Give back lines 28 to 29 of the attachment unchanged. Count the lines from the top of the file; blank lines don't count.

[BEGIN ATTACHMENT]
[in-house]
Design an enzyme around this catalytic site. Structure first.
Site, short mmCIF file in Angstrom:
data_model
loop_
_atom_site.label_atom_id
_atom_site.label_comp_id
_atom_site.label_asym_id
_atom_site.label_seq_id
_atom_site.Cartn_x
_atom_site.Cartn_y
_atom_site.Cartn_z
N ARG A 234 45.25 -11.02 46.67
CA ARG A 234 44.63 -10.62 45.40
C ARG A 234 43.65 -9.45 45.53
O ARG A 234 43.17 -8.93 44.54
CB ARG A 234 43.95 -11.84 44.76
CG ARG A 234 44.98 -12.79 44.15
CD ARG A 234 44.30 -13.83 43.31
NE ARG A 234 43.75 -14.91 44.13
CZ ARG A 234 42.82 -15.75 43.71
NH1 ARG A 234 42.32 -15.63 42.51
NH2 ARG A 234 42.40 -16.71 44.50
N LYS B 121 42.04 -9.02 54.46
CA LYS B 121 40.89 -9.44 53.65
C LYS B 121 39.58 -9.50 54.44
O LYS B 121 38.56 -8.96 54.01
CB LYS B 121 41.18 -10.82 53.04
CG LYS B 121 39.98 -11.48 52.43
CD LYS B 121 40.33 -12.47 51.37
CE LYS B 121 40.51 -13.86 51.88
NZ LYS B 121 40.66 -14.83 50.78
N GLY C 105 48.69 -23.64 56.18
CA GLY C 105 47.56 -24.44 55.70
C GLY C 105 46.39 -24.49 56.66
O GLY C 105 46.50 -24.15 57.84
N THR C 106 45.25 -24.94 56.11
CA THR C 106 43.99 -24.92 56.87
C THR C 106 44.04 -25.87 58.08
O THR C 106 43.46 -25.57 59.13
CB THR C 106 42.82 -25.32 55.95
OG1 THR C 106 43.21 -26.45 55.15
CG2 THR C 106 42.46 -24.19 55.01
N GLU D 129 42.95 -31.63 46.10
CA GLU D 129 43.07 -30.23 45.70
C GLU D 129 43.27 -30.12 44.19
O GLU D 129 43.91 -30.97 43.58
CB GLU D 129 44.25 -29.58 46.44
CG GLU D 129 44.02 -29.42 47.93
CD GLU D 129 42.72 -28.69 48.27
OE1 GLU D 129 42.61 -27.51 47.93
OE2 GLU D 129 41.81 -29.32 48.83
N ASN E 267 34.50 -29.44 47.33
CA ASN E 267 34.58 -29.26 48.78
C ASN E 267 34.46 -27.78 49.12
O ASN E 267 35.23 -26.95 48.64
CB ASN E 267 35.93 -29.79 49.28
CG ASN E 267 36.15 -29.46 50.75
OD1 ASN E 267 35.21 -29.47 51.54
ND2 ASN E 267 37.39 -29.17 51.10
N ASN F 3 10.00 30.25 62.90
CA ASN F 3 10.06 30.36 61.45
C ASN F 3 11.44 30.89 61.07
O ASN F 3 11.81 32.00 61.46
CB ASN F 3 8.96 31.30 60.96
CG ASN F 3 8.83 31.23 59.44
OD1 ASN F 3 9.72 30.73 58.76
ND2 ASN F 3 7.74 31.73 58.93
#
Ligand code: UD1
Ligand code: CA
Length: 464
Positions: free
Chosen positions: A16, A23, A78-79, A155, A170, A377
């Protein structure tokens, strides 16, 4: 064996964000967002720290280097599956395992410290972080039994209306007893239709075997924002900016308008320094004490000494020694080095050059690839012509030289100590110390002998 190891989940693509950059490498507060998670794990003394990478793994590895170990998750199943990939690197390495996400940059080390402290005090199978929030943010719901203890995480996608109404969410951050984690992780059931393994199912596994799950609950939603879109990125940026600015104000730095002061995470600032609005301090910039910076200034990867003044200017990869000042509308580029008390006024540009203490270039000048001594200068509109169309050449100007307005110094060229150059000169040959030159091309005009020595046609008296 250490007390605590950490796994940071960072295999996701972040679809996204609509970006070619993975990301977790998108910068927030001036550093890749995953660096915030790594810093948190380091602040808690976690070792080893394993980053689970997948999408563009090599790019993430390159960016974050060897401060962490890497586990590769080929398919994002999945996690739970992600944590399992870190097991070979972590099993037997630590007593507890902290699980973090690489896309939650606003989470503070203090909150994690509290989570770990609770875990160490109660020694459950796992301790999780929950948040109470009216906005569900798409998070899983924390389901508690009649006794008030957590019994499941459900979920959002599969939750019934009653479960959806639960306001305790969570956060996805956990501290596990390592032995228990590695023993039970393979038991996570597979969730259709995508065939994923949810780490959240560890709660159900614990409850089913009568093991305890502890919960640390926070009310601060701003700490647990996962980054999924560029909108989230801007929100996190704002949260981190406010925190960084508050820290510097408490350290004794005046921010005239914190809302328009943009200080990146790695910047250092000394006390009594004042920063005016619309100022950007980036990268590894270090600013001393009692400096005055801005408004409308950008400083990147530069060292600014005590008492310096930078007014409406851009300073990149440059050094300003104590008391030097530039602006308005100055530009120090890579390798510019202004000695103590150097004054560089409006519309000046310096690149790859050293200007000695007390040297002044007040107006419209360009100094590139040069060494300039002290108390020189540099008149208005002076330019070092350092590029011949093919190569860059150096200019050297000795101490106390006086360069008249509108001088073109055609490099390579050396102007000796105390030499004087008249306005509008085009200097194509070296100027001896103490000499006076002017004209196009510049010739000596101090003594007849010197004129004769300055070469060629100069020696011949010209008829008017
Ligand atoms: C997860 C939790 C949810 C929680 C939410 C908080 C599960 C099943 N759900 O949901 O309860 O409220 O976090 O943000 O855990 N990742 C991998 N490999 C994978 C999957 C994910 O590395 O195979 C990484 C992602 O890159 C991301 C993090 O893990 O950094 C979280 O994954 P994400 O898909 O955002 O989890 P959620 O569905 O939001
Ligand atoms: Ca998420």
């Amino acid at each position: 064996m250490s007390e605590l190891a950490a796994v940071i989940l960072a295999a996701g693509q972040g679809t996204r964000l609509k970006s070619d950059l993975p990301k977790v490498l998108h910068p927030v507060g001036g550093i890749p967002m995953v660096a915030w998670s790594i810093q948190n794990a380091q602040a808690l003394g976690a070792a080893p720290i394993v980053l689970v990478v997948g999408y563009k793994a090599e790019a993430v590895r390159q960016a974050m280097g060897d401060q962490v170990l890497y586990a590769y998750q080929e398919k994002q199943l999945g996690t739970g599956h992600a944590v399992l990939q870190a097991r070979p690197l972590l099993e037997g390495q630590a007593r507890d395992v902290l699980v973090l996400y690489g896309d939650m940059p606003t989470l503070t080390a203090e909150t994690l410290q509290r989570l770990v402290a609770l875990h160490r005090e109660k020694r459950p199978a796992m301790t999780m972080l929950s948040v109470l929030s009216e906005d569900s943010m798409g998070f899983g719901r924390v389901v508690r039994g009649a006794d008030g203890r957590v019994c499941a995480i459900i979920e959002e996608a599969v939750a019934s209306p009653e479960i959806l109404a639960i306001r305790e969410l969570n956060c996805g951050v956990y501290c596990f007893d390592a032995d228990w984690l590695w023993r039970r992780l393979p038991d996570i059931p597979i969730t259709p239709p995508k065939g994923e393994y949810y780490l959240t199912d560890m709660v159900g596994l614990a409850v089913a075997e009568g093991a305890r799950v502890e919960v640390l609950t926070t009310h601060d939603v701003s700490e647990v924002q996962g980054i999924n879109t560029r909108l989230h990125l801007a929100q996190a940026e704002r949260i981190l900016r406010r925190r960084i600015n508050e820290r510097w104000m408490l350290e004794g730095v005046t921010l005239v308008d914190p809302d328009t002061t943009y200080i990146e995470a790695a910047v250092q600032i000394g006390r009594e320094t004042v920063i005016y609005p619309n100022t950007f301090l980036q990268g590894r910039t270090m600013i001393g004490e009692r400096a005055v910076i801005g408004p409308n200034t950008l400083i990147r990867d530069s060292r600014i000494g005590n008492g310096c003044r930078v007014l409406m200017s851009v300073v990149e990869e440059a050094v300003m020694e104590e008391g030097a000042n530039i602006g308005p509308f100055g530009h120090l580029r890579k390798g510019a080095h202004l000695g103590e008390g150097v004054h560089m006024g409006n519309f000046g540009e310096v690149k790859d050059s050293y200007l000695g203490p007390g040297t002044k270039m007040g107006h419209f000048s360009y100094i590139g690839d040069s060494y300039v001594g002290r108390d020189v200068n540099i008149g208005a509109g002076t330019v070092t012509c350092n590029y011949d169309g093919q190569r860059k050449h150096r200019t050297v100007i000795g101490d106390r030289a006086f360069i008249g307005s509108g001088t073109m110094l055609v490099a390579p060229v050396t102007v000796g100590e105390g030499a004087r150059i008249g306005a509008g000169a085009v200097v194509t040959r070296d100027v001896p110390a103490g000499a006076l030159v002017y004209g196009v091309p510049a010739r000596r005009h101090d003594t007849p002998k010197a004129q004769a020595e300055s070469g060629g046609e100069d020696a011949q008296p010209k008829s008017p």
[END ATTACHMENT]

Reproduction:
CB LYS B 121 41.18 -10.82 53.04
CG LYS B 121 39.98 -11.48 52.43